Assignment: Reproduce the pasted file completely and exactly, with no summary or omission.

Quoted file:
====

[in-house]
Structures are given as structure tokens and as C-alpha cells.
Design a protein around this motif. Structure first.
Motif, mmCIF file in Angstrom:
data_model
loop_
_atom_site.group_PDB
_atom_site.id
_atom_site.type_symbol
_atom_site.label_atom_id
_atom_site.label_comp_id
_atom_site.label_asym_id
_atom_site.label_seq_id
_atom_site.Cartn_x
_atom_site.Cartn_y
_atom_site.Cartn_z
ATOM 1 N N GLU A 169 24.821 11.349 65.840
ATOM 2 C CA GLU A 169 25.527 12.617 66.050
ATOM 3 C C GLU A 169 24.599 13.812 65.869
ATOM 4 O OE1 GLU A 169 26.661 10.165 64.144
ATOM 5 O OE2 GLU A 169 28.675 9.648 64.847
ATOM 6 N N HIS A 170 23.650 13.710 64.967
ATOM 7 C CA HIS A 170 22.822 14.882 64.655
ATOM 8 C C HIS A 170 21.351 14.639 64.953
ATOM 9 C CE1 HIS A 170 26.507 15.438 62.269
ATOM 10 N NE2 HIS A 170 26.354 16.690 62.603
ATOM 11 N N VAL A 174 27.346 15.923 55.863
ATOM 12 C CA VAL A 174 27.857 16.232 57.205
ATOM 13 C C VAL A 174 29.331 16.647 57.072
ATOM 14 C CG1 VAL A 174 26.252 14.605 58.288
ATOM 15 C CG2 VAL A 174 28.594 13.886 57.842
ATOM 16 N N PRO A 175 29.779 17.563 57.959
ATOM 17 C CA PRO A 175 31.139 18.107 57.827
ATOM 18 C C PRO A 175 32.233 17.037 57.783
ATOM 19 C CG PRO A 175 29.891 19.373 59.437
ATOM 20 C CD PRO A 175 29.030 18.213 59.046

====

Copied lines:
[in-house]
Structures are given as structure tokens and as C-alpha cells.
Design a protein around this motif. Structure first.
Motif, mmCIF file in Angstrom:
data_model
loop_
_atom_site.group_PDB
_atom_site.id
_atom_site.type_symbol
_atom_site.label_atom_id
_atom_site.label_comp_id
_atom_site.label_asym_id
_atom_site.label_seq_id
_atom_site.Cartn_x
_atom_site.Cartn_y
_atom_site.Cartn_z
ATOM 1 N N GLU A 169 24.821 11.349 65.840
ATOM 2 C CA GLU A 169 25.527 12.617 66.050
ATOM 3 C C GLU A 169 24.599 13.812 65.869
ATOM 4 O OE1 GLU A 169 26.661 10.165 64.144
ATOM 5 O OE2 GLU A 169 28.675 9.648 64.847
ATOM 6 N N HIS A 170 23.650 13.710 64.967
ATOM 7 C CA HIS A 170 22.822 14.882 64.655
ATOM 8 C C HIS A 170 21.351 14.639 64.953
ATOM 9 C CE1 HIS A 170 26.507 15.438 62.269
ATOM 10 N NE2 HIS A 170 26.354 16.690 62.603
ATOM 11 N N VAL A 174 27.346 15.923 55.863
ATOM 12 C CA VAL A 174 27.857 16.232 57.205
ATOM 13 C C VAL A 174 29.331 16.647 57.072
ATOM 14 C CG1 VAL A 174 26.252 14.605 58.288
ATOM 15 C CG2 VAL A 174 28.594 13.886 57.842
ATOM 16 N N PRO A 175 29.779 17.563 57.959
ATOM 17 C CA PRO A 175 31.139 18.107 57.827
ATOM 18 C C PRO A 175 32.233 17.037 57.783
ATOM 19 C CG PRO A 175 29.891 19.373 59.437
ATOM 20 C CD PRO A 175 29.030 18.213 59.046